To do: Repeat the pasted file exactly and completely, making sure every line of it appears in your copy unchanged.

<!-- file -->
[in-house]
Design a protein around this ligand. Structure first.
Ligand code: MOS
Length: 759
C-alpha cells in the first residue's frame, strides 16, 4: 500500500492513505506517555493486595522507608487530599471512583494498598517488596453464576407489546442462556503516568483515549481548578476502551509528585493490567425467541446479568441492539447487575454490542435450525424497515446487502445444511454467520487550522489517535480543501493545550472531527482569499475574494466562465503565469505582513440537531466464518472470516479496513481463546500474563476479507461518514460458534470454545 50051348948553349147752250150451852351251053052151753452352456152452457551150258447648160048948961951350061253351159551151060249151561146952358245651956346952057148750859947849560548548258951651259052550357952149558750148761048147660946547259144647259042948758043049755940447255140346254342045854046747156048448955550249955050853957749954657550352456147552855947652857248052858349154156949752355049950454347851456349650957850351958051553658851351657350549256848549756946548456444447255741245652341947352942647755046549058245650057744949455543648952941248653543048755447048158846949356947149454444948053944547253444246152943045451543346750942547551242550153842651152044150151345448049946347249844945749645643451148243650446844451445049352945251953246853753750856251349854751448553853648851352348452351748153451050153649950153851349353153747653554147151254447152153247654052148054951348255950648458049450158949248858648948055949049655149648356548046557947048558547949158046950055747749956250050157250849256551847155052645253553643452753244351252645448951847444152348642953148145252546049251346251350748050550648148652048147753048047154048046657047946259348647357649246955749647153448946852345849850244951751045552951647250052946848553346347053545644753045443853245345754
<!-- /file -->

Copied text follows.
[in-house]
Design a protein around this ligand. Structure first.
Ligand code: MOS
Length: 759
C-alpha cells in the first residue's frame, strides 16, 4: 500500500492513505506517555493486595522507608487530599471512583494498598517488596453464576407489546442462556503516568483515549481548578476502551509528585493490567425467541446479568441492539447487575454490542435450525424497515446487502445444511454467520487550522489517535480543501493545550472531527482569499475574494466562465503565469505582513440537531466464518472470516479496513481463546500474563476479507461518514460458534470454545 50051348948553349147752250150451852351251053052151753452352456152452457551150258447648160048948961951350061253351159551151060249151561146952358245651956346952057148750859947849560548548258951651259052550357952149558750148761048147660946547259144647259042948758043049755940447255140346254342045854046747156048448955550249955050853957749954657550352456147552855947652857248052858349154156949752355049950454347851456349650957850351958051553658851351657350549256848549756946548456444447255741245652341947352942647755046549058245650057744949455543648952941248653543048755447048158846949356947149454444948053944547253444246152943045451543346750942547551242550153842651152044150151345448049946347249844945749645643451148243650446844451445049352945251953246853753750856251349854751448553853648851352348452351748153451050153649950153851349353153747653554147151254447152153247654052148054951348255950648458049450158949248858648948055949049655149648356548046557947048558547949158046950055747749956250050157250849256551847155052645253553643452753244351252645448951847444152348642953148145252546049251346251350748050550648148652048147753048047154048046657047946259348647357649246955749647153448946852345849850244951751045552951647250052946848553346347053545644753045443853245345754